American Ideals

The time and lands are devoted to the real;
Make a demand for the ideal (or rather idea of the ideal of the real.)

I shall use the words America and democracy as convertible terms.
To work in, if we may so term it, and justify God, his divine aggregate, the people—this, I say, is what democracy is for; and this is what our America means, and is doing—may I not say, has done? If not, she means nothing more, and does nothing more, than any other land.

The foreign theory is that a man or woman receives rights by grant, demise, or inheritance. The theory of these states is that humanity’s rights belong to every man, every woman, in the inherent nature of things, and cannot be alienated, or if alienated must be brought back and resumed.

The theory of this republic is, not that the general government is the fountain of all life and power, but that the people are, represented in both the general and state governments, and consider’d just as well in their individualities and in their separate aggregates, or states, as consider’d in one vast aggregate, the Union.
The Congress convenes for you,
The secretaries act in their bureaus for you, not you here for them,
The president is there in the White House for you, it is not you who are here for him—
Look the president always sternly in the face, unbending, understanding that he is to be kept by you to short and sharp account of himself.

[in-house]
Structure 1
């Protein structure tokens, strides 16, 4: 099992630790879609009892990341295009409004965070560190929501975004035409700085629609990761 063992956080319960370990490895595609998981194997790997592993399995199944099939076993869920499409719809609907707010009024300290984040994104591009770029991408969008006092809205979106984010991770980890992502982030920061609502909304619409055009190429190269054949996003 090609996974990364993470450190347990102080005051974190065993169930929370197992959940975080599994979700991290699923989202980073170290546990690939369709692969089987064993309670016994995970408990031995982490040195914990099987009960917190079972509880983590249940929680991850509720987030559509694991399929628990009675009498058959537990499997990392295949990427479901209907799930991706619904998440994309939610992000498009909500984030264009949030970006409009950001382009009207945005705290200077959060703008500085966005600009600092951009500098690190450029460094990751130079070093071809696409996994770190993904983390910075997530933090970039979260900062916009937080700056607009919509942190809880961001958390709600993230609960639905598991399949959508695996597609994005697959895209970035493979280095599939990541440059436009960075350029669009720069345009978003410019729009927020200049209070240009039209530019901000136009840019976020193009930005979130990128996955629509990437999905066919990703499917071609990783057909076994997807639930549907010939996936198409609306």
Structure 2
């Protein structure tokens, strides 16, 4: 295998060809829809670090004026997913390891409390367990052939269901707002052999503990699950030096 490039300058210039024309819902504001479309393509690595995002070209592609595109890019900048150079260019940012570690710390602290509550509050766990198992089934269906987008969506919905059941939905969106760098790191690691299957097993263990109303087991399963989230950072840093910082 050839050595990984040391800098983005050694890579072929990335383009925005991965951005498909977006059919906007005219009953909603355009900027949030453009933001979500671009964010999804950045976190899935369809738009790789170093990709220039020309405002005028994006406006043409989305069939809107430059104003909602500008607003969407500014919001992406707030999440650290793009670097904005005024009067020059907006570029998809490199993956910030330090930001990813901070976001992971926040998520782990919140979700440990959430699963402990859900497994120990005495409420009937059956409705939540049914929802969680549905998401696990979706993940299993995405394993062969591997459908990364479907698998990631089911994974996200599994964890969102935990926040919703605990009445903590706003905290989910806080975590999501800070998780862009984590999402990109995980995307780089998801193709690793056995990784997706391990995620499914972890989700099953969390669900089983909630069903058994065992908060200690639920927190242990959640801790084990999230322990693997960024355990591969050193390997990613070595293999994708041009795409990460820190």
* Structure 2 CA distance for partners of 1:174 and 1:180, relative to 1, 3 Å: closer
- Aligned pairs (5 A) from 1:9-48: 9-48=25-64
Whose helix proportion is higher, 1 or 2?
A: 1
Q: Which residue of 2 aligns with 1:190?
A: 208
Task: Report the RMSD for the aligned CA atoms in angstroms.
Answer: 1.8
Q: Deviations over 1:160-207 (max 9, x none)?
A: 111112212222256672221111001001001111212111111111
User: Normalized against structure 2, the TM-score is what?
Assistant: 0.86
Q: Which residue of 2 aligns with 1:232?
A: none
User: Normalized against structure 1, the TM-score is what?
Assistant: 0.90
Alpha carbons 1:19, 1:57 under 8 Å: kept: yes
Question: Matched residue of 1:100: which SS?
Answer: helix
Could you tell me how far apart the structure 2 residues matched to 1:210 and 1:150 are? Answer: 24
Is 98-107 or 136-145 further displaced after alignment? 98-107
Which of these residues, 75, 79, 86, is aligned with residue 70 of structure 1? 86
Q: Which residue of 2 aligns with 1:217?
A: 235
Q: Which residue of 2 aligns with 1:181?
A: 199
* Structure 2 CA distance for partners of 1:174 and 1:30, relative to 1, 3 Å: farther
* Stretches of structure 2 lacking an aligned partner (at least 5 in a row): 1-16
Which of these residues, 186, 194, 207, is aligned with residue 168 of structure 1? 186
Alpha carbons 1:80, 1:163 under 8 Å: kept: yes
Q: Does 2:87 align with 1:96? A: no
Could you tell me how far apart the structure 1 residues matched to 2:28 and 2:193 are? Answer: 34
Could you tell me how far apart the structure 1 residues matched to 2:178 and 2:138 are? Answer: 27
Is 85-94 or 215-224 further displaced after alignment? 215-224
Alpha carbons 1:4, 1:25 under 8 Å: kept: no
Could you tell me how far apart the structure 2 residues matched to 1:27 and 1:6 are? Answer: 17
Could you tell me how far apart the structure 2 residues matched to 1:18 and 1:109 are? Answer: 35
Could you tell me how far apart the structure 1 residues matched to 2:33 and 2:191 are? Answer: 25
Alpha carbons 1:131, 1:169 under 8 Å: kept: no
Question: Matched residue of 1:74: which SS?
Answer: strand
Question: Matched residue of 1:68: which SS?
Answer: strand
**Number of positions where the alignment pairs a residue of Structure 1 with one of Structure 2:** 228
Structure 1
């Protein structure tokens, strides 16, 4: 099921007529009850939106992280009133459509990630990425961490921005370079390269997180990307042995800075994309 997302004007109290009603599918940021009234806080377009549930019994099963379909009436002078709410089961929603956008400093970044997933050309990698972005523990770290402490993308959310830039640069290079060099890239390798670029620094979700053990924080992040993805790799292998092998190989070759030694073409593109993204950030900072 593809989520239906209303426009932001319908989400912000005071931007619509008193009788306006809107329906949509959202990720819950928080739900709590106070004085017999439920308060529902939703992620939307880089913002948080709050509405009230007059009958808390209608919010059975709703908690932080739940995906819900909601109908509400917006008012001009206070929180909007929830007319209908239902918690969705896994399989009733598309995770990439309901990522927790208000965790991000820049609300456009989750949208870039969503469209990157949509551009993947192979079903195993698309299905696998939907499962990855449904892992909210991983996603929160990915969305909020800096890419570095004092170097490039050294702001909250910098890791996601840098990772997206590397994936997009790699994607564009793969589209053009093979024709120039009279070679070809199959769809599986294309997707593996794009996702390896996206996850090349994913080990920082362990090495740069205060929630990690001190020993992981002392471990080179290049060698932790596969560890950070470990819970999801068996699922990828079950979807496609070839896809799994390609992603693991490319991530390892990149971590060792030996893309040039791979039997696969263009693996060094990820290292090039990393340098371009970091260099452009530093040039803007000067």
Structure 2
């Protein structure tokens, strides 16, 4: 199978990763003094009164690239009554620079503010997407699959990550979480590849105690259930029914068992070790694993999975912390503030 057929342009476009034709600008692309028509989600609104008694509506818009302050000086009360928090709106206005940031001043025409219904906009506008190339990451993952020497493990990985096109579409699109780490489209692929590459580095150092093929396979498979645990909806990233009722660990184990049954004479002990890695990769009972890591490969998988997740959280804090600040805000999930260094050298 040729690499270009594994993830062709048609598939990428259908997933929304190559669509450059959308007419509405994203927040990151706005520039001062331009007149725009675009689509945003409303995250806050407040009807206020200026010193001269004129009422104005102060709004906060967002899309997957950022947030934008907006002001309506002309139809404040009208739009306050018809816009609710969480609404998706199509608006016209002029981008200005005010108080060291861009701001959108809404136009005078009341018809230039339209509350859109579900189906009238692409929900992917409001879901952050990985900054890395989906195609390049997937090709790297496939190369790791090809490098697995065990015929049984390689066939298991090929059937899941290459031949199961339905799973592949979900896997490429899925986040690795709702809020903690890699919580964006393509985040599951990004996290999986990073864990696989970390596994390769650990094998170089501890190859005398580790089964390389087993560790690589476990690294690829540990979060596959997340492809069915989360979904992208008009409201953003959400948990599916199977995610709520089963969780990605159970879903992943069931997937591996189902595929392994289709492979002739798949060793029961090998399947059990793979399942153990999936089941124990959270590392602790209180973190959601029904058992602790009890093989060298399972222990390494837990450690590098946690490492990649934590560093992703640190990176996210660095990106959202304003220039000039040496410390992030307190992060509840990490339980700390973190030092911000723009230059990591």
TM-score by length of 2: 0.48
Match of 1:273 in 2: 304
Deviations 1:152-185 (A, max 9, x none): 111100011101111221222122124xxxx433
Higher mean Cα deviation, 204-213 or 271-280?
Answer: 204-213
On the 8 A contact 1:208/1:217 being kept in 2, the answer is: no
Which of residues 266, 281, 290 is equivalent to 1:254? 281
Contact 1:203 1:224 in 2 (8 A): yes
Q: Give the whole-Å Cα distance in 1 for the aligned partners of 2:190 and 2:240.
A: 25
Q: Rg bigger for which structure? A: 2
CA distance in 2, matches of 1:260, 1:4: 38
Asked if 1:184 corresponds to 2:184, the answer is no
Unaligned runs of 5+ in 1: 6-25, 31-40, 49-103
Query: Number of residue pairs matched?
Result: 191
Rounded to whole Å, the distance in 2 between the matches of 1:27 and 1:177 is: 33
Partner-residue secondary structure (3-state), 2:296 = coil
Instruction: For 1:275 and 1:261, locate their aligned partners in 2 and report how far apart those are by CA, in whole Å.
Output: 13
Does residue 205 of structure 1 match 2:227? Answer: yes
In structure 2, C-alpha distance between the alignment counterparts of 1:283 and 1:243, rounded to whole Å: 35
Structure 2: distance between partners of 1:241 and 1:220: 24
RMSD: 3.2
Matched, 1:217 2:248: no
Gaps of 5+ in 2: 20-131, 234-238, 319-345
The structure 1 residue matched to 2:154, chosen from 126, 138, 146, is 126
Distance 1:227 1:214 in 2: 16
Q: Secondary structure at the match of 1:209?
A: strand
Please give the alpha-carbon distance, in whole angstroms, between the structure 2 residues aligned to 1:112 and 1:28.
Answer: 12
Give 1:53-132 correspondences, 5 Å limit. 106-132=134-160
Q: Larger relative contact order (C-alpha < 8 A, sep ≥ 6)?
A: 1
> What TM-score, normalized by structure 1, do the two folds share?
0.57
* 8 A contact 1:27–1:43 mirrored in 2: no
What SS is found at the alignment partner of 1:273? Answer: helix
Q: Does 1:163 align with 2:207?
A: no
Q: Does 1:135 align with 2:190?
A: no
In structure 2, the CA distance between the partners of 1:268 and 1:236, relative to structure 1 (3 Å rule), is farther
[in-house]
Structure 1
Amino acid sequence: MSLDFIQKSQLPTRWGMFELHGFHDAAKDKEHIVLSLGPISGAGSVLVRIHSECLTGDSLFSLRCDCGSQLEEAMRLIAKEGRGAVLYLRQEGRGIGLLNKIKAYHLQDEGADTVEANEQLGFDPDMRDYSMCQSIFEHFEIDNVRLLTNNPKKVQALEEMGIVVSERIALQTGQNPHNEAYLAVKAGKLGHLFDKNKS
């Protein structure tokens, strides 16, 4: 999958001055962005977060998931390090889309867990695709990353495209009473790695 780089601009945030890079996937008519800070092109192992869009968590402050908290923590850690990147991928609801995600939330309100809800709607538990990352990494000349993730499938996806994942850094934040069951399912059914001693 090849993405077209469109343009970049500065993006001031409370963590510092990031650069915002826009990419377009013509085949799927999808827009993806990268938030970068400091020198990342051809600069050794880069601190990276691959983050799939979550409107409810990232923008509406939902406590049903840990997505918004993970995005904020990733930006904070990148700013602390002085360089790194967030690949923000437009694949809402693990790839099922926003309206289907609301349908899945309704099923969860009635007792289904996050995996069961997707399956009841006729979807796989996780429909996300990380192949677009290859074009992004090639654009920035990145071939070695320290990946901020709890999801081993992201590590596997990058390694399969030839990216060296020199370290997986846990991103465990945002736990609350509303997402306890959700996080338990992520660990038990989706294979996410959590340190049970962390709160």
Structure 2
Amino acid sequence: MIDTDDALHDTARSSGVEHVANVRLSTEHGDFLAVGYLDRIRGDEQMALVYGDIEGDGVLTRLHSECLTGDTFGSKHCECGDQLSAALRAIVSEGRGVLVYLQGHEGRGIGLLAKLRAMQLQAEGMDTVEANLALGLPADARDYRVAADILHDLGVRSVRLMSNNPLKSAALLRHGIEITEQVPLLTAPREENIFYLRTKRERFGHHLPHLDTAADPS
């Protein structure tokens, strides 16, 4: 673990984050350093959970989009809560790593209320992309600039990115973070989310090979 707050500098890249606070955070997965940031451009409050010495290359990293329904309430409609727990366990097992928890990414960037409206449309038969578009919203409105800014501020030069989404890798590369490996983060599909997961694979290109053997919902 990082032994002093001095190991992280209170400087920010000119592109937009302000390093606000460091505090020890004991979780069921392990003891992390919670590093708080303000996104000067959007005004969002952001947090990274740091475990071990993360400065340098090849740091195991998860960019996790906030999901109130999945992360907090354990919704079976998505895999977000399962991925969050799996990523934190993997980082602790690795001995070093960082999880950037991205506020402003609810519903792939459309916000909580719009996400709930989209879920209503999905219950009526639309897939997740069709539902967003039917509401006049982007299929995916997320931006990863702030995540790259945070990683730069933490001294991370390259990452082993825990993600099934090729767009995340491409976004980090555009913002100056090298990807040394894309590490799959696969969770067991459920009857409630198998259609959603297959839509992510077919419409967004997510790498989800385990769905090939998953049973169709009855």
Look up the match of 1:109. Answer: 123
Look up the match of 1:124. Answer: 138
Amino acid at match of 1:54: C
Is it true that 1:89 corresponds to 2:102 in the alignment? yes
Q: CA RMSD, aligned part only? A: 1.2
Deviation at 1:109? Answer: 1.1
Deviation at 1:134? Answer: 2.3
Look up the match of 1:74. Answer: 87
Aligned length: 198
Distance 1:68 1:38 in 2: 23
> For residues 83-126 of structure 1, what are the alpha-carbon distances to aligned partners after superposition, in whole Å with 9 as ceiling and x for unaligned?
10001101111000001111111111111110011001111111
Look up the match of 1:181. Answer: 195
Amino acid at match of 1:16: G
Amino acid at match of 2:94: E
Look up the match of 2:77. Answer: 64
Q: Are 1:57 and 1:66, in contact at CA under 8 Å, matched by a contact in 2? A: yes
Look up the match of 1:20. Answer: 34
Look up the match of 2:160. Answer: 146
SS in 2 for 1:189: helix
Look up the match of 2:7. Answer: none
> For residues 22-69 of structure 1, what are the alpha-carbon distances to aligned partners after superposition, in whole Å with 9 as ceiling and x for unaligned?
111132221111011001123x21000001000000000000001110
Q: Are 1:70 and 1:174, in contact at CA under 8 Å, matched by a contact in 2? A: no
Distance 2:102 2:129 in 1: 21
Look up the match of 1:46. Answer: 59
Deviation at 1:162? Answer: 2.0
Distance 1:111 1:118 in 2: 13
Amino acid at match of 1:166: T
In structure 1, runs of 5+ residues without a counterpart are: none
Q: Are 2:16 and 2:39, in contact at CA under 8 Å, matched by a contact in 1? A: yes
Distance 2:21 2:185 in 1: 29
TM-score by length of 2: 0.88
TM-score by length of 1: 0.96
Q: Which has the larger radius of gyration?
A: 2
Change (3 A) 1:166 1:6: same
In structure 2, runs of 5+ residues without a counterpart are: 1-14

The identity of these states is a single identity only,
To be an American is to accept nothing except what is equally free and eligible to anybody else,
To thy immortal breasts, Mother of All, thy every daughter, son, endear’d alike, forever equal,
No one rejected, all fully accepted—no one preferred to another,
The youth, the laboring person, the poor person, rivalling all the rest—perhaps outdoing the rest.

Here is what moves in magnificent masses, carelessly faithful of particulars,
Here the flowing trains, here the crowds, equality, diversity, the soul loves.
Inextricable lands! the clutch’d together! the passionate ones!
The side by side! the elder and younger brothers!
Each man and woman my neighbor!

Are you really of the whole people?
Have you too the old ever-fresh forbearance and impartiality,
To balance ranks, complexions, creeds, and the sexes?

What most needs fostering through the hundred years to come, in all parts of the United States, is this fused and fervent identity of the individual, whoever he or she may be, and wherever the place, with the idea and fact of American totality—the ever-overarching American ideas of ensemble and of equal brotherhood, the modern composite nation, form’d from all, with room for all.